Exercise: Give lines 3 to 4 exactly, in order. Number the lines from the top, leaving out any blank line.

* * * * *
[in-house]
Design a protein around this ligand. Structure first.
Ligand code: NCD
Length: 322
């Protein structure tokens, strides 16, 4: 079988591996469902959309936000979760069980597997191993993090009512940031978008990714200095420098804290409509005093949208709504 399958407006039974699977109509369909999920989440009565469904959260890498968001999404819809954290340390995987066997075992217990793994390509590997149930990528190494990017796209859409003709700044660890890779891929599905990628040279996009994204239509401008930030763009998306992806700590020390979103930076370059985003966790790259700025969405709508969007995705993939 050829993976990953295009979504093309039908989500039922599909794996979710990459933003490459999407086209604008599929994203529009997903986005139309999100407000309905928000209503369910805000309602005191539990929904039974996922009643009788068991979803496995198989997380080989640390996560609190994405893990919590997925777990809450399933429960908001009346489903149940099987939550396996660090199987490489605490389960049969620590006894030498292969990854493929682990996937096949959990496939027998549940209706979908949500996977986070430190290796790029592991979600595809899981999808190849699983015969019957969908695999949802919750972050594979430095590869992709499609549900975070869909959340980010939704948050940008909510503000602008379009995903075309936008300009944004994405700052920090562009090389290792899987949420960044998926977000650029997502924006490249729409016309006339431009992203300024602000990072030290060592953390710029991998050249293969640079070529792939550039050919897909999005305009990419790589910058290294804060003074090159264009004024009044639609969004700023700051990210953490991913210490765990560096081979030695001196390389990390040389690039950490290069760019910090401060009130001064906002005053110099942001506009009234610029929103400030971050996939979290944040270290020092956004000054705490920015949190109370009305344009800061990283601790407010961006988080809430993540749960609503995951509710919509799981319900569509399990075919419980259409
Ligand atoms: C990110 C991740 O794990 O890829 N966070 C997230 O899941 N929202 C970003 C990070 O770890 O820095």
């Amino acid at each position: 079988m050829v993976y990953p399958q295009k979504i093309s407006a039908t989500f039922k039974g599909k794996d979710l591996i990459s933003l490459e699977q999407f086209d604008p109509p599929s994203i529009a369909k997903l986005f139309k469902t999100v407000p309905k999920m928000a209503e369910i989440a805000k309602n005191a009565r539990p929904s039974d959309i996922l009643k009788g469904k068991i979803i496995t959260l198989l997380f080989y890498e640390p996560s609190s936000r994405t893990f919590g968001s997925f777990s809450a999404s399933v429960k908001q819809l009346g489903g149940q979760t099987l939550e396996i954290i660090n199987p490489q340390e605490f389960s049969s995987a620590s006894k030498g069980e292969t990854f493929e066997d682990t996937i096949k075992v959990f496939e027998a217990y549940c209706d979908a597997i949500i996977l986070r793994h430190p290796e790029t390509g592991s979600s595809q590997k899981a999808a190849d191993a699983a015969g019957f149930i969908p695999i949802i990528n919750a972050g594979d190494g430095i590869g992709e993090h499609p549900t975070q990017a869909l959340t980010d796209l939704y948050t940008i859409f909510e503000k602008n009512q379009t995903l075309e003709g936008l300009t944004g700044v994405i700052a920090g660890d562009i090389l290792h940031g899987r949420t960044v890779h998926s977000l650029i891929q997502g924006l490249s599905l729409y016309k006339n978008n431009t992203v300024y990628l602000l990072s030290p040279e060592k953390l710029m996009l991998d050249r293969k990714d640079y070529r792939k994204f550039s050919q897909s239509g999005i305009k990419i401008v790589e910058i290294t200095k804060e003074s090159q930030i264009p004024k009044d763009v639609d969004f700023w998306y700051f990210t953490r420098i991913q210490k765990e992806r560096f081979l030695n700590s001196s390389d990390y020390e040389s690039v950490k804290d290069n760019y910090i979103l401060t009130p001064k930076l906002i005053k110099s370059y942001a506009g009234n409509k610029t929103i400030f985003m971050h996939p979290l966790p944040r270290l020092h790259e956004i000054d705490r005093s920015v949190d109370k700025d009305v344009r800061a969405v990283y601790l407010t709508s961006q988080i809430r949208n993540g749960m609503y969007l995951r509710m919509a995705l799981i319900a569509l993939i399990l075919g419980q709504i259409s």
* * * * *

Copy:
Ligand code: NCD
Length: 322